10 Simple Rules for Building Wealth
Money doesn’t grow on trees. Your father or grandfather probably divulged this nugget of wisdom to you ages ago. There’s no pot of gold at the end of the rainbow, and the chance of winning the lottery is one in 175 million, at least according to the Huffington Post.
Nothing in life is free –that’s another maxim old timers like to spout from the sage comfort of their easy chairs.
So if money doesn’t grow trees and nothing in life is free, how do you create lasting wealth? That’s where smart financial planning comes into play.
In order to create wealth, you need a good roadmap –scratch that, you need a GPS. Just don’t be surprised if one day it says, “Recalculating.”
Or as philosophers like to say, “The only constant in life is change.”
That’s one thing the 2008 recession taught us.
Do you remember the word problems your Middle School math teacher had you do after recess? Say, for example, an airplane travels eight times as fast as a car. The difference in their speeds is 420 km/h. How fast is each vehicle traveling?
Saving and investing is a lot like that. The age you start determines how much wealth you build.
If Paul starts putting away $50 a month when he’s 22, but Henry doesn’t start saving $50 a month until he’s 32, when they both retire, well, Paul will have more money saved than Henry.
One rule of thumb is to save 10 percent of your income right off the top. But instead of following “rules of thumb” it’s best to find a savings plan that best suits you.
Have a Plan
John Steinbeck said, “The best laid plans of mice and men often go astray.” Steinbeck knew a thing or two about plans going astray; his novels examined the lives of migrant workers during the Dust Bowl and the Great Depression.
The 2008 recession ruined many people’s “best laid” financial plans.
However, wealth creation is the product of good planning, and you can’t effectively attain your goals without a step-by-step plan.
A study by Harvard Business School revealed that 3 percent of people with written goals produced 10 times the results when compared with 83 percent with no clearly defined goals.
According to an analysis of Federal Reserve statistics, as of December 2014, the average household owes $7,283 in credit card debt. How can you begin to build wealth if you’re already $7,000 in the red?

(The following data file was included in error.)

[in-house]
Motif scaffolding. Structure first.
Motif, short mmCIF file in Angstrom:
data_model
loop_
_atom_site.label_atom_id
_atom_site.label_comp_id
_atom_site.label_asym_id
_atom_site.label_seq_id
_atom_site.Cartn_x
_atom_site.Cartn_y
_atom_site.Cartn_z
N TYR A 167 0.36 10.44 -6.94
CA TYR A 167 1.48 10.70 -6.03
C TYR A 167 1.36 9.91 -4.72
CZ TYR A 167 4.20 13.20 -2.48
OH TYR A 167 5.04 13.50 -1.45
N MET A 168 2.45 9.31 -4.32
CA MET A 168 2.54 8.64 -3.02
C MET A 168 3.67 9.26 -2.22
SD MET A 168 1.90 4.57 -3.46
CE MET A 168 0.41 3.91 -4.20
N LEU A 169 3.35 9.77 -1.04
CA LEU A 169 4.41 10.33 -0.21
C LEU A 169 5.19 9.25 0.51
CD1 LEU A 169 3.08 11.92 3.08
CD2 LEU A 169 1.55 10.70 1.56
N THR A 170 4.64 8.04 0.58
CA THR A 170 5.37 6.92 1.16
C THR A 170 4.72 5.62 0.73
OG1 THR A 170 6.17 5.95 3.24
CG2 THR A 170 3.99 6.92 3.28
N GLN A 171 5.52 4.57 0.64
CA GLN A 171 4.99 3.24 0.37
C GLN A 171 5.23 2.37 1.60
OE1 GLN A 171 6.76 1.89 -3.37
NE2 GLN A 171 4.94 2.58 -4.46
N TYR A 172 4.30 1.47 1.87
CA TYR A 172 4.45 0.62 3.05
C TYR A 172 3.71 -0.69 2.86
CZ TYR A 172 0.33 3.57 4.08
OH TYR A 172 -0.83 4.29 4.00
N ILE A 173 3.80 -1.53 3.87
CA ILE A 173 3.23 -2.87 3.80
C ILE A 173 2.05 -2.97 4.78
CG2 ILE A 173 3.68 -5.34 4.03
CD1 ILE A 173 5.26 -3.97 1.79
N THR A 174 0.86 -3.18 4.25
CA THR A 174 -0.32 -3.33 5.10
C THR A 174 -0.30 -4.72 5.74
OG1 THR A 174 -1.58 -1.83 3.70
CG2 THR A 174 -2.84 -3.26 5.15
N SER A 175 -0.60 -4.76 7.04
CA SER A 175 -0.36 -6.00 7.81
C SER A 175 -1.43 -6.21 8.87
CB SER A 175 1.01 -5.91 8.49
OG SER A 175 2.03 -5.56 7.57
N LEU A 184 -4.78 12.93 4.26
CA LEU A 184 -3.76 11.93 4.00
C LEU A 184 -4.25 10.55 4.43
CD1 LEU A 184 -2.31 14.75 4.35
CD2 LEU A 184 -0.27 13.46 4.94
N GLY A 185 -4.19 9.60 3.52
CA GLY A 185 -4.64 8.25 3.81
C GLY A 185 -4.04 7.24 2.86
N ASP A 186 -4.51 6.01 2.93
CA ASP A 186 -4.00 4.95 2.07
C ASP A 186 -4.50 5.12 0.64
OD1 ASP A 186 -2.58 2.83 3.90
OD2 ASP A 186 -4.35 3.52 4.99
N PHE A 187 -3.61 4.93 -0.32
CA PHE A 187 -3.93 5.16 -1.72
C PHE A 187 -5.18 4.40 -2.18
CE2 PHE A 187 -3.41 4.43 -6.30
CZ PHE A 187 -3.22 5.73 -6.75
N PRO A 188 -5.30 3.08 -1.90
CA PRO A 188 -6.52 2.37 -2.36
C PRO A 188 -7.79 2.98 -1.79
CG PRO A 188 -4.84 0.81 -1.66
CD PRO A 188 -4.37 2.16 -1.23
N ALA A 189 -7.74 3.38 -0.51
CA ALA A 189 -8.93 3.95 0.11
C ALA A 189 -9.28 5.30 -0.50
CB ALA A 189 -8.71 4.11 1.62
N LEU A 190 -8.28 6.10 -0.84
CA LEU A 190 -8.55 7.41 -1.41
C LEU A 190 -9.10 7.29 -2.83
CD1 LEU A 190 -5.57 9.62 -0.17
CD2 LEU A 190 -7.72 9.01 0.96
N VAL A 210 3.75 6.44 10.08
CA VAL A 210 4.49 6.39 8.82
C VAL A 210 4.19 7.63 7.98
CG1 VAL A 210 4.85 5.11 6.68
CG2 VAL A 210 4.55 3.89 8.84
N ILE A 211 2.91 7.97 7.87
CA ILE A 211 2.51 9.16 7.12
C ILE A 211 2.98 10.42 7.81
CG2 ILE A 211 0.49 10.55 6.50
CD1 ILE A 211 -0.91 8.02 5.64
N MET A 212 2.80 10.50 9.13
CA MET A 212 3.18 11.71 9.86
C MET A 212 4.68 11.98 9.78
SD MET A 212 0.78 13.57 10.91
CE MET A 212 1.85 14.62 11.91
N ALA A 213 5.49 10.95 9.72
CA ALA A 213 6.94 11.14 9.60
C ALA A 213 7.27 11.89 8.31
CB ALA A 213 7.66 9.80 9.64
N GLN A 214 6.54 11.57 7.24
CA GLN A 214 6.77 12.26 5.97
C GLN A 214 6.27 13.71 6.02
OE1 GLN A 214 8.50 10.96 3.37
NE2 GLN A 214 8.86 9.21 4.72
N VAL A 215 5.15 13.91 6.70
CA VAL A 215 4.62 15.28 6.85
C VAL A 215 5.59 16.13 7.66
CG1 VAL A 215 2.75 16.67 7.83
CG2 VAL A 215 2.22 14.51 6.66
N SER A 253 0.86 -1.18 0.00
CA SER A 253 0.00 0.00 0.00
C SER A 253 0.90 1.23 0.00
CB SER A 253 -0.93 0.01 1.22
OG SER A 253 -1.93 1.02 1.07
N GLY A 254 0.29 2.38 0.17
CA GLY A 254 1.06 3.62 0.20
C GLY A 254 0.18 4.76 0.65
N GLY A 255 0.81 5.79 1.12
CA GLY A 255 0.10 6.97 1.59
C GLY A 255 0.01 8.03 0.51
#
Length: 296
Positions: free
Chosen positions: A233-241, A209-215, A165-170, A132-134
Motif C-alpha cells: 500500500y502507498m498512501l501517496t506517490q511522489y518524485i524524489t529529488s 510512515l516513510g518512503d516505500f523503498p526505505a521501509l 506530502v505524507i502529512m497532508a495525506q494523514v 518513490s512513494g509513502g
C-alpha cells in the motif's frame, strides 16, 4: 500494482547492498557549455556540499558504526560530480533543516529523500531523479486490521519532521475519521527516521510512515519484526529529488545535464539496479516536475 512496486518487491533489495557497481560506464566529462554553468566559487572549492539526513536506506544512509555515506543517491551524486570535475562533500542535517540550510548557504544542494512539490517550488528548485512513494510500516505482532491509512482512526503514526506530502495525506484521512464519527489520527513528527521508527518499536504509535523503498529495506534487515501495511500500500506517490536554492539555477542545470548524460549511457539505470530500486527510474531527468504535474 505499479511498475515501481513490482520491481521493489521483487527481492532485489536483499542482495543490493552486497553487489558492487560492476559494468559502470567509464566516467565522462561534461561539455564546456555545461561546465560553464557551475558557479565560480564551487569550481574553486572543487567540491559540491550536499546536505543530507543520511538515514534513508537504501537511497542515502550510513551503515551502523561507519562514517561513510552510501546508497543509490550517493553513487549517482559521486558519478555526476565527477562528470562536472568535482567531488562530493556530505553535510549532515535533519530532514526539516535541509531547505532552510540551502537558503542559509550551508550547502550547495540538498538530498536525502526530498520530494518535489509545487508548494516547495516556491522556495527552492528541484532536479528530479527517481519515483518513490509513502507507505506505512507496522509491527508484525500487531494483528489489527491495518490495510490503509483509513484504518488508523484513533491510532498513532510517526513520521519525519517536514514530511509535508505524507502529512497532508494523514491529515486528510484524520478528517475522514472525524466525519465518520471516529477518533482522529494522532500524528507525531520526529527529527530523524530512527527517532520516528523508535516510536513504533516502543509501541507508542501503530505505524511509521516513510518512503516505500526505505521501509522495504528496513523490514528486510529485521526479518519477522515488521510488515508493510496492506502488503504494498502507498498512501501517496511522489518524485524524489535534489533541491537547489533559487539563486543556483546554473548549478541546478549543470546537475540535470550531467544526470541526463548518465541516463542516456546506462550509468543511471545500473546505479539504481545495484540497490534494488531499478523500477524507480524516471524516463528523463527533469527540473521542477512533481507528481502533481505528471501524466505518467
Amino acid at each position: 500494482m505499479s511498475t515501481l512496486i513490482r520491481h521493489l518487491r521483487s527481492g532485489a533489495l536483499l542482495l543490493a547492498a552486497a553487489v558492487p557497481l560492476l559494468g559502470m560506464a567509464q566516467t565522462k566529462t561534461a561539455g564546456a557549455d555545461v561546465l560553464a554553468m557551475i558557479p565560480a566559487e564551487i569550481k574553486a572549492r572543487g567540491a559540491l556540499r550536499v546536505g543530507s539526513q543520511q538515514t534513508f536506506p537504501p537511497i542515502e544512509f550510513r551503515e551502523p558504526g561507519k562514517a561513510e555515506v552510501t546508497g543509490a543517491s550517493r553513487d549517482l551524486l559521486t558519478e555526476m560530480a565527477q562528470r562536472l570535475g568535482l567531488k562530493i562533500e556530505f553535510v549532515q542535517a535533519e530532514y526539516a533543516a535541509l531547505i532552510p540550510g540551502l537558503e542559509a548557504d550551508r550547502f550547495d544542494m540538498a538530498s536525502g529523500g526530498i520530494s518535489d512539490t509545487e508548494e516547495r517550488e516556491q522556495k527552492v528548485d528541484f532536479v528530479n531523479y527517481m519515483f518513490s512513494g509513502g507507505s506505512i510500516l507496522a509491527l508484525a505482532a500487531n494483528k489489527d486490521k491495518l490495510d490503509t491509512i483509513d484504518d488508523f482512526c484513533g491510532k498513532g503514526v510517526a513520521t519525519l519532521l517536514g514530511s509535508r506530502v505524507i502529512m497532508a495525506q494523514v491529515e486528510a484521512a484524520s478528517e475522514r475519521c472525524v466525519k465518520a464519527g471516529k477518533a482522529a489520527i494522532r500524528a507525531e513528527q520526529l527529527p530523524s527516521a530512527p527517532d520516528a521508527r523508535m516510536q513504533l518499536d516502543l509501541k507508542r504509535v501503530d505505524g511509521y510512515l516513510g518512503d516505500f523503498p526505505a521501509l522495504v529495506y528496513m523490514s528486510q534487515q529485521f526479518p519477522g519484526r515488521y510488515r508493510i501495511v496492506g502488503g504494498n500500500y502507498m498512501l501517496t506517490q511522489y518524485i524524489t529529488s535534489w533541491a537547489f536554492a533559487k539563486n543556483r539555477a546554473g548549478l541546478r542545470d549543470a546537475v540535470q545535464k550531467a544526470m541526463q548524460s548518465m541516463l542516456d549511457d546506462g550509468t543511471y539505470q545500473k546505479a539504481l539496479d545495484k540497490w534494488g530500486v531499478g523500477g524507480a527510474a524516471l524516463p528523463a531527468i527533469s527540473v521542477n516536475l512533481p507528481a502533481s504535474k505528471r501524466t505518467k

Debt can be used judiciously, for such things as buying a house, but amassing debt because you can’t control your spending is going to hinder any attempt at long-term wealth building. The interest you’re paying on debt can’t be saved or invested.
Live Below Your Means
Here’s another gem of wisdom your father or grandfather may have said. “Don’t let that money burn a hole in your pocket.” Now, they usually uttered this phrase after giving you an allowance for shoveling the driveway, but the same idea applies to the paycheck you get every two weeks.
If you reduce expenses and live below your means, you save money. If you do it for several years, or decades, well, you save even more money.
We’re not saying to manage money like Ebenezer Scrooge. We’re saying that with a little discipline, and less consumerism, every little bit adds up. Skipping the trip to Aruba one year isn’t the end of the world.
Nor do you really need that large Starbucks latte every day. Just think about the money you can save.
There’s no such thing as a risk free investment. However, a diversified portfolio can minimize the risk and equalize market cycles. Lets put it in layman’s terms: don’t put all your eggs in one basket.
Warren Buffet, a man who knows a thing or two about making money, said, “It’s better to be approximately right than definitely wrong.” That’s the essence of diversification.
Don’t Raid the Nest Egg
Your car breaks down, and you need a new transmission. Who are you kidding? You need a new car, ASAP. You get laid off. Your wife has a medical bill that’s not covered under insurance. Life is filled with inconveniences, set backs, hurdles, and curve balls. The best laid plans go astray, remember?
If you have an easily accessible nest egg, there’s a good chance you’re going to raid it like you raid the fridge for pizza on Saturday night.
Resist the urge. Better yet –make your money difficult to reach by putting it in a savings plan with rules and penalties. If you don’t have the discipline not to raid the nest egg, find a savings plan that disciplines you.
Have Patience with the Market
When will a bond perform or stocks get hot? How long do you hold on to an asset?
Despite all the analyzing and pattern recognition, even the best brokers and fund managers have a difficult time forecasting the market. It’s fickle and volatile, not unlike the art major you dated back in college.
There’s a saying, however: “Time in the market is more important than timing the market.” Warren Buffet put it another way: “The market has a very efficient way of transferring wealth from the impatient to the patient.”
In other words, relax and be patient.
Trends are NOT Your Friends
Don’t change your strategy every time you read The Wall Street Journal. Chasing trends is like chasing the Holy Grail.
If you see something catching fire one day, chances are a month later it’s cold as ice, or at least cool as a cucumber. Don’t jump on the bandwagon or be a fair weather fan. Wealth creation is a long haul –a marathon, not a sprint.
In the end, wealth building comes down to one rule: Ask not what your money can do for you, but what you can do for your money. Now that’s a nugget of wisdom to live by.